Playtime: 20min, 2 playthroughs, different choices changing nothing
Artistic/Technical ratings: Mechanical, Notably buggy. Why not Intrusive? Honestly, because 1. it is short and 2. Its page length sometimes dodged resizing which elicited actual sighs of relief during gameplay.
Would Play After Comp?: No, experience feels complete
Artistic scale: Bouncy, Mechanical, Sparks of Joy, Engaging, Transcendent
Technical scale: Unplayable, Intrusive, Notable (Bugginess), Mostly Seamless, Seamless
This Texture piece sees you fall through a long fall, encounter other characters, and reflect on your life.
It’s an atmospheric setting, but often I was frustrated with the lack of control re what I could do. For example at one point there’s another character who appears, but I wasn’t given the chance to interact with them at all, and could only think about stuff. I wish the story and interaction possibilities had been fleshed out more. There were so many other things it could have responded to.
Ultimately the story seems fixed in its destination, it’s just a matter of how you get there. Though as reading I was thinking more of it as a metaphor for life in general, which was an interesting thought. Thanks to the author for conjuring that for me.
1 people found the following review helpful:
A reckless disregard for gravity, December 4, 2023
(This is a lightly-edited version of a review I posted to the IntFiction forums during 2023's IFComp).
I’ve never had a dream of falling, or at least not that I can remember, and I’m kind of bummed that I’ve missed out. The feeling of flying through the air seems like it must be exhilarating to me, and without the real-life risk of splatting against the ground, wouldn’t that be an amazing sensation to experience? We All Fall Together takes a different view, however, imagining a Limbo of ever-plummeting bodies caught between a terrifying cyclone that claims those who dive too low and shadowy predators who snatch those who try to slow their fall and drift too far up. It’s a situation that can be read to have a number of different real-life analogues, but it’s not so one-note as to be too simple of an allegory, so it’s interesting enough to support the game’s ten-minute runtime – and while my streak of being annoyed by the Texture engine continues with this game, at least it has a better showing than most.
As in medias res openings go, “you’re falling endlessly” is a great one, so the game makes a solid first impression, and throws in enough incident to keep the story moving – after starting to get oriented towards the situation, you get a chance to engage with several other inhabitants of this strange netherworld, most notably a black-clad figure you call “the Rock Star.” They’re a great source of exposition, and the dialogue efficiently sets up the metaphysical stakes, establishing that there’s a risky but rewarding path that may allow you to escape your fate and return to your loved ones.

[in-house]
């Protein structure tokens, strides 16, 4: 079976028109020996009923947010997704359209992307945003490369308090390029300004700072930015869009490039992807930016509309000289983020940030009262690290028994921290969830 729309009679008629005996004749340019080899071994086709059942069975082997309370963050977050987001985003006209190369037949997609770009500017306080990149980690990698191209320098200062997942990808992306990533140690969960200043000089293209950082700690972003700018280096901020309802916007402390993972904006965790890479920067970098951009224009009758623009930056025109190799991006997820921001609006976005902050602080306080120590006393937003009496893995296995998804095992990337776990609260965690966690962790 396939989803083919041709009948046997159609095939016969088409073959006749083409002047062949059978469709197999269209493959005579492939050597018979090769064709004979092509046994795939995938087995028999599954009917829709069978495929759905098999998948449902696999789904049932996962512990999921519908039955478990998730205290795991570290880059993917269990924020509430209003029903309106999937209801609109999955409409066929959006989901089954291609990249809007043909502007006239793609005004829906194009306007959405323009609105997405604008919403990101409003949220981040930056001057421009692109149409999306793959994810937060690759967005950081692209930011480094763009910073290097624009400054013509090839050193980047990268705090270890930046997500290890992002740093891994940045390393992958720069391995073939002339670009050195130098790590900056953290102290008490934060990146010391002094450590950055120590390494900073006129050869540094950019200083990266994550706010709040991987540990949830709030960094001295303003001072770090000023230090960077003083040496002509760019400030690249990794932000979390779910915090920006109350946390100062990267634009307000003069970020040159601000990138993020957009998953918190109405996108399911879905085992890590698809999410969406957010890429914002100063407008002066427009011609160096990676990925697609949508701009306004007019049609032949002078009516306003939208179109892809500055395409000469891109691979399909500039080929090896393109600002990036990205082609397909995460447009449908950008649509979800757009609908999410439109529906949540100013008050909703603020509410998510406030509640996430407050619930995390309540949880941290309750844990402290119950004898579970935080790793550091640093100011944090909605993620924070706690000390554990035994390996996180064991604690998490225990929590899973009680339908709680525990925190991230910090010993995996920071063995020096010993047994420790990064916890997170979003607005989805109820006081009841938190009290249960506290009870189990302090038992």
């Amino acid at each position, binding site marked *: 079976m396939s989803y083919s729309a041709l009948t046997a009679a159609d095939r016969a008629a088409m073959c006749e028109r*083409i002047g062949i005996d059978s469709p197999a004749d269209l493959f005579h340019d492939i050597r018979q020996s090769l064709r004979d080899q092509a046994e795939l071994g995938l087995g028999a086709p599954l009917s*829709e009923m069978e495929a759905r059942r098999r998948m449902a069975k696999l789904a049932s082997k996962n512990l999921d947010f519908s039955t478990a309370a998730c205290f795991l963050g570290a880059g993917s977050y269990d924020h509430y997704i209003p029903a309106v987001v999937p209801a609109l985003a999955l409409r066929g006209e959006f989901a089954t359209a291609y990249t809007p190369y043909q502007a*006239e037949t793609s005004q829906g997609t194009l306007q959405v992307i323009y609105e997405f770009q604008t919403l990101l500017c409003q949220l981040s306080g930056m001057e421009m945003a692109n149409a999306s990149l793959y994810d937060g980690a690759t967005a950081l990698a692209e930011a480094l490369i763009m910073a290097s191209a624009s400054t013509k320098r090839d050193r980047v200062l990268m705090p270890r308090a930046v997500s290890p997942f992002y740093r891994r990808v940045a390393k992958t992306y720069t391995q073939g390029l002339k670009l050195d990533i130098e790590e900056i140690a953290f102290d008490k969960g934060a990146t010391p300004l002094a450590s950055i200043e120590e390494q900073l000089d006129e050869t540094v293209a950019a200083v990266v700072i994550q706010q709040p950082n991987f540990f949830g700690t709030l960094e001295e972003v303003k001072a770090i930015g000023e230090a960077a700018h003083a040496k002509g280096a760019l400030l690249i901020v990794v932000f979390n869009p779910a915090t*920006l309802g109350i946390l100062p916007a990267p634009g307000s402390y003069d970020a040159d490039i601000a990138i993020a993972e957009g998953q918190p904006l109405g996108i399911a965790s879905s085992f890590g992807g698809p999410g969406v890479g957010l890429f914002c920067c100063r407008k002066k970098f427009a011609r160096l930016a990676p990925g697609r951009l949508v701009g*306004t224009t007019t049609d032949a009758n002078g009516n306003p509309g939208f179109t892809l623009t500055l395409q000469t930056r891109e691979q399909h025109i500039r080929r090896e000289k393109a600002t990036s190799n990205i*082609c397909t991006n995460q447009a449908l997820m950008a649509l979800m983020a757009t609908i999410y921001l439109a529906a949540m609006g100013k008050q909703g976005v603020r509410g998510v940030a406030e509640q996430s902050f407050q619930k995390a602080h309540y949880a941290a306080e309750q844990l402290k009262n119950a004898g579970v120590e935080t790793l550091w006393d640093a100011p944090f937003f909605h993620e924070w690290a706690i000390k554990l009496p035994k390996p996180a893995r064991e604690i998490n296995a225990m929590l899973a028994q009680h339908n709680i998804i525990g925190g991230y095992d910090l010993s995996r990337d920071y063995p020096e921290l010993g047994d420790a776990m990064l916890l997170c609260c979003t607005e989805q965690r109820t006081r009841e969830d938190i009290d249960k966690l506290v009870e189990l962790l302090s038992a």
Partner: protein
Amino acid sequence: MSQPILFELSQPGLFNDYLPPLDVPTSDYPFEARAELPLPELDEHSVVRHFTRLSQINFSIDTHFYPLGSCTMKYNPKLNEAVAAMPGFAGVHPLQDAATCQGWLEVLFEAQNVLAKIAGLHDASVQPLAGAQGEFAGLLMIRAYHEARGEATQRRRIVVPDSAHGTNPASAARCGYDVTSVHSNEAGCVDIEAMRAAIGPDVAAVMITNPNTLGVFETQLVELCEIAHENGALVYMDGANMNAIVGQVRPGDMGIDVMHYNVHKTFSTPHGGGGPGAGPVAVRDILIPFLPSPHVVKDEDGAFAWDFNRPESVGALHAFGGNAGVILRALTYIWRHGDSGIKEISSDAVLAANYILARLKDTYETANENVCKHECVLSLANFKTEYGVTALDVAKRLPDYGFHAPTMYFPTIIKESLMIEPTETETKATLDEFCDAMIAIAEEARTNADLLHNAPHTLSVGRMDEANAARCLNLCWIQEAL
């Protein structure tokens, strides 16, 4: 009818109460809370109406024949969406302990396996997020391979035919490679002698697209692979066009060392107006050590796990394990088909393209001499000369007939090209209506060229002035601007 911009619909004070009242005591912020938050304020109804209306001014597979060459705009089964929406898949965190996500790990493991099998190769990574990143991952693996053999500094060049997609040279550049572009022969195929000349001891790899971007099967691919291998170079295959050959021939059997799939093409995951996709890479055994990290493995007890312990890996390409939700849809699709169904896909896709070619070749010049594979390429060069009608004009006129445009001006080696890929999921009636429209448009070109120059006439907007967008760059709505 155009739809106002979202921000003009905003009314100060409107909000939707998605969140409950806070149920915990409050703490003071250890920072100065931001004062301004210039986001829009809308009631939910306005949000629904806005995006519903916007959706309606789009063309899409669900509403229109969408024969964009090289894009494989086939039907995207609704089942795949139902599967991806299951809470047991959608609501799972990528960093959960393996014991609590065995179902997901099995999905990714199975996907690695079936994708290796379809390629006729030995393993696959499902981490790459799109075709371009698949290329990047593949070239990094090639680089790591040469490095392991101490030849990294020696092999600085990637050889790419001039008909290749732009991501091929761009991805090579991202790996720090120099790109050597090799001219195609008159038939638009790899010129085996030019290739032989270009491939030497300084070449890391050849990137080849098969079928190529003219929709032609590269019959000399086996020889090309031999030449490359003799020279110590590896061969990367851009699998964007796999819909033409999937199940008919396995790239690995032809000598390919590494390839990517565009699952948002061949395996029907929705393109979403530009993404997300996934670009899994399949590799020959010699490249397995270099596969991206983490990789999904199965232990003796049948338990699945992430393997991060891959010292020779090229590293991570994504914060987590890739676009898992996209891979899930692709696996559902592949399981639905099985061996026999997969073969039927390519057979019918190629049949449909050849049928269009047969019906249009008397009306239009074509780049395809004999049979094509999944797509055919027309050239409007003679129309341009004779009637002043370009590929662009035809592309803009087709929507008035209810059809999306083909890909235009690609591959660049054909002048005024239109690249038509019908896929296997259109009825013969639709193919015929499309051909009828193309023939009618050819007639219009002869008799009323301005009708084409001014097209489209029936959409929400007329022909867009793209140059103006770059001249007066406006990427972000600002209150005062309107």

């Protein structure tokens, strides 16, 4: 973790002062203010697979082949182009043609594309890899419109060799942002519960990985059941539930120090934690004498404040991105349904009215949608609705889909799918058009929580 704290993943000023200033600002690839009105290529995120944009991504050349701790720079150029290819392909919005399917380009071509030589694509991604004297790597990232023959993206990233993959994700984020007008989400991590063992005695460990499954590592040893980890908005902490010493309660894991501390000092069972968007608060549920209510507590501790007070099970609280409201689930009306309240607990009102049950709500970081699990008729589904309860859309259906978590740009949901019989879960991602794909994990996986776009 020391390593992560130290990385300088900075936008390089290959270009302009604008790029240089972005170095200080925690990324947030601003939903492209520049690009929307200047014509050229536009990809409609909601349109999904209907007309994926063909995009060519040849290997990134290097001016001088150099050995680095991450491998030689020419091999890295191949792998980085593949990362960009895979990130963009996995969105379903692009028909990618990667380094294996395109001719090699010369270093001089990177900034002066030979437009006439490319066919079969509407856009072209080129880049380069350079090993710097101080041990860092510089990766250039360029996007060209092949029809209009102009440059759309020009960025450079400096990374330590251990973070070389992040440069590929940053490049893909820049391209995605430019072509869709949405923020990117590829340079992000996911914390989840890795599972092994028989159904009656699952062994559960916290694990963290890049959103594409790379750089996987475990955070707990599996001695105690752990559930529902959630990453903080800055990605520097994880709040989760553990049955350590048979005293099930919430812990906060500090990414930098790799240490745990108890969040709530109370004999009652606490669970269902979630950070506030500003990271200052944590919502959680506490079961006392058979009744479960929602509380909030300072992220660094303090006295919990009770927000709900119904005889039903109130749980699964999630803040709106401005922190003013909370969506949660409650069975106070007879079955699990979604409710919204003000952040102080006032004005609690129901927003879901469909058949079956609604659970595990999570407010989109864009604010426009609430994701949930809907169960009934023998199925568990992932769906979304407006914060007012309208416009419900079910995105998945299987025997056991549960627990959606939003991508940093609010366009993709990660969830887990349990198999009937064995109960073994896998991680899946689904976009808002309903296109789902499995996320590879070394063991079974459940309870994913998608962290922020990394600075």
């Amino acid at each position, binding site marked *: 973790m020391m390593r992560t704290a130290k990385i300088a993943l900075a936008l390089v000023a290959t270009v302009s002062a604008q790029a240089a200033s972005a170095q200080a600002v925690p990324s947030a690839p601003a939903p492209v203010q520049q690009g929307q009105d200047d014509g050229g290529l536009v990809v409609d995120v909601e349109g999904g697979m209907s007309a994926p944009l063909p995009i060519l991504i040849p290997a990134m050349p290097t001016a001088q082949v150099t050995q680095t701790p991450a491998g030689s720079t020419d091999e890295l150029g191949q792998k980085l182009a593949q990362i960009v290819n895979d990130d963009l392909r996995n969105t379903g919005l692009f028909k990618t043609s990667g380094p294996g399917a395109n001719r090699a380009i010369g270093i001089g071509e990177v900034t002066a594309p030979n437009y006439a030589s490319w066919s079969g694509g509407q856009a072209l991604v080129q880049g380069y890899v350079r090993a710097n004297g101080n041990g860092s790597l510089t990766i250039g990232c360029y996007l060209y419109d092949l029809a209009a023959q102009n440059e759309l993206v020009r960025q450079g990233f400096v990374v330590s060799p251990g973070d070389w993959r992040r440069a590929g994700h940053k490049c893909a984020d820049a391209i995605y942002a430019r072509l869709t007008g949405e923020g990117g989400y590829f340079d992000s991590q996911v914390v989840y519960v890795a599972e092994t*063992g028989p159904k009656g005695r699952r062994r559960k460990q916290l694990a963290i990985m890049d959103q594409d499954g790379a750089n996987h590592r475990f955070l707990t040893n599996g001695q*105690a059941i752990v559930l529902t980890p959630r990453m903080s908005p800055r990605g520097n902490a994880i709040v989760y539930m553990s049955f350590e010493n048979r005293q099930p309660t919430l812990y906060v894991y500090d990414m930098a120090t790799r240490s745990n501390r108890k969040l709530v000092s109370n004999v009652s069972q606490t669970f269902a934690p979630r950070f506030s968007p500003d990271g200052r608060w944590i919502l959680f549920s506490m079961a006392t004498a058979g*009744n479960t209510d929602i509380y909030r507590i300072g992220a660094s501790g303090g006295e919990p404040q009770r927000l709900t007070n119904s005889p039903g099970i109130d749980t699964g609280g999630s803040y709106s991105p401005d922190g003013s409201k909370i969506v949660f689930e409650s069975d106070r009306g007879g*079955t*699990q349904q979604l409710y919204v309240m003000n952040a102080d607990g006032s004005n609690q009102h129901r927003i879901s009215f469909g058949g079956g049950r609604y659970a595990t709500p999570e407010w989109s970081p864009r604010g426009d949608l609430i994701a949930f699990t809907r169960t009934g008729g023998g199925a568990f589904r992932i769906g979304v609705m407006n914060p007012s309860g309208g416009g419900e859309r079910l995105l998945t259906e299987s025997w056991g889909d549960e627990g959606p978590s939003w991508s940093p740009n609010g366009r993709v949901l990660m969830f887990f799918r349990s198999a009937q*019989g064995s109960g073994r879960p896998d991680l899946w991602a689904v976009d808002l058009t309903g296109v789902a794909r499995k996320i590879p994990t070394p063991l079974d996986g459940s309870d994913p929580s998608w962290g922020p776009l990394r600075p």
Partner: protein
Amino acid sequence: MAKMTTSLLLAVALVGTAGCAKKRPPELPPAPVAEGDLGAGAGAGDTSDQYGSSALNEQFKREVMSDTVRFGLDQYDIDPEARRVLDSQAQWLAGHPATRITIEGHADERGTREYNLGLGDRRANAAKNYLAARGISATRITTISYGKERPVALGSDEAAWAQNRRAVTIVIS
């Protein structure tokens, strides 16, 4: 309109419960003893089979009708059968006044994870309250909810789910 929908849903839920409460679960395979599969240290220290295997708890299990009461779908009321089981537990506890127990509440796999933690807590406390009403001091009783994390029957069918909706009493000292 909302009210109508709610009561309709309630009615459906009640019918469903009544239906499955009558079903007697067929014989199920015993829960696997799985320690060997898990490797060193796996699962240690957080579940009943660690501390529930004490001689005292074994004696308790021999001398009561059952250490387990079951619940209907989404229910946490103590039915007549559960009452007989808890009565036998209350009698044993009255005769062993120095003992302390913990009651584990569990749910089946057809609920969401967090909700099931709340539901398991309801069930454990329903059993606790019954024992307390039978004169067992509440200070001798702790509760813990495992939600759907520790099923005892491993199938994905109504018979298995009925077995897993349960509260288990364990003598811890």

Granted, it’s not an especially sharp dilemma, but it’s reasonably engaging and the opportunity to give the Rock Star a pep talk is nice; similarly, while the writing occasionally overreaches and has some errors, for the most part it hits a solid balance between action, dialogue, and jokes. What works less well is the attempt to impose a backstory on you and your interlocutor. You each talk about partners who are devoid of names, genders, personalities, or histories, landing at precisely the least-effective position between specific enough to be affecting, and general enough to be archetypal. The ending still feels rewarding, though, and again, this is a very short game so the offending bits only amounted to a minute or so of reading.
As for the Texture-ness of it all, I thought the author did a good job of picking verbs that were clearly distinguished from each other, and signposting what actions would do. Oh, and I played this one on my phone, and good news, the tiny-text-on-buttons bug I’ve experienced in other Texture games went away! …bad news, I experienced a new bug where switching to my Notes app to paste in excepts or jot down thoughts caused the buttons to stop work. Texture, you take delight in vexing me and have no compassion for my poor nerves – but despite that, I’d still say this is among my favorite games using this engine.